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Whooping Cough

Pertussis is a highly communicable infectious disease caused by Bordetella pertussis.


The incubation period varies from 7 to 14 days. It is a disease of childhood with 90% of cases occurring below 5 years of age. 

The disease manifests in 3 stages: first is the catarrhal stage, followed by the paroxysmal stage and lastly, the convalescent stage. During the catarrhal stage, patients are highly infectious and their cultures from respiratory secretions are positive in most of the cases.

Malaise, anorexia, coryza, mild cough, mucoid rhinorrhoea and conjunctivitis are present. Paroxysms of cough begin about a week later. Paraoxysms with the classic inspiratory whoop are seen mainly in younger children in whom the lumen of the respiratory tract is compromised by mucosal secretion and mucosal oedema. The whoop results from air being forcefully drawn through the narrowed tract.

The disease runs an atypical course in partially immunised older children and in adults in whom cough is persistent and prolonged often without a whoop which makes diagnosis difficult for them.

Paraoxysms usually end in vomiting. Paraoxysmal stage lasts for about 2-6 weeks. Diminishing intensity and frequency of cough indicate the onset of the convalescent stage which may continue for 1-2 weeks.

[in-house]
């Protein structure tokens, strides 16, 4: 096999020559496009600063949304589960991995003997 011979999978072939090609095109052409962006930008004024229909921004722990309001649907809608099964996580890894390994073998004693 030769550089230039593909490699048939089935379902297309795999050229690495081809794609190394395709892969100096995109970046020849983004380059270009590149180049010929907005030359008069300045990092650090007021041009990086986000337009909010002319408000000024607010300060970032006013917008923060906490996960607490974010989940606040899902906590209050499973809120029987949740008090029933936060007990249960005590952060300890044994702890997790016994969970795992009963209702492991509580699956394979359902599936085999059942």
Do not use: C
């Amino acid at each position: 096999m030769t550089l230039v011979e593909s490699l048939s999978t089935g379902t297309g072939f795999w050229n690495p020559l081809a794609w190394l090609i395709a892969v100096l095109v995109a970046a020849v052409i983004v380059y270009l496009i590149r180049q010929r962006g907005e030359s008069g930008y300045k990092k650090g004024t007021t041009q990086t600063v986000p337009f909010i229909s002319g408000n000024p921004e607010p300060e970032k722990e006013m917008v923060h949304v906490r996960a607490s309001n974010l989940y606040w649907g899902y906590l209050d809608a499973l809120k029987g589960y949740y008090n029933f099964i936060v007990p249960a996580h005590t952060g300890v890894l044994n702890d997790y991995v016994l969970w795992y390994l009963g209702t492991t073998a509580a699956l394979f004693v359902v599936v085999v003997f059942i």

Infants and young children are more sensitive to complications. Respiratory complications include otitis media, pneumonia either due to Bordetella pertussis or bacterial pneumonia.

At the peak of the disease, seizures and encephalopathy may occur. Malnutrition is often the end result in infancy and early childhood.

  • Tick-borne Rickettsia rickettsii Rocky Mountain spotted fever Rickettsia conorii Boutonneuse fever Rickettsia japonica Japanese spotted fever Rickettsia sibirica North Asian tick typhus Rickettsia australis Queensland tick typhus Rickettsia honei Flinders[en.wikipedia.org]
  • Both paroxysmal cough and absence of fever had high sensitivity (93.2% [95% CI, 83.2-97.4] and 81.8% [95% CI, 72.2-88.7], respectively) and low specificity (20.6% [95% CI, 14.7-28.1] and 18.8% [95% CI, 8.1-37.9]).[ncbi.nlm.nih.gov]
  • Abstract A 20 mo old male child, born at 31 weeks, presented to an out-of-hours General Practitioner (GP) with a 7 d history of cough and fever. There was history of post-tussive vomiting.[ncbi.nlm.nih.gov]
  • The disease usually starts with cold-like symptoms and maybe a mild cough or fever. After 1 to 2 weeks, severe coughing can begin. Unlike the common cold, pertussis can become a series of coughing fits that continues for weeks.[web.archive.org]
  • Early Symptoms The disease usually starts with cold-like symptoms and maybe a mild cough or fever. In babies, the cough can be minimal or not even there. Babies may have a symptom known as “apnea.” Apnea is a pause in the child’s breathing pattern.[cdc.gov]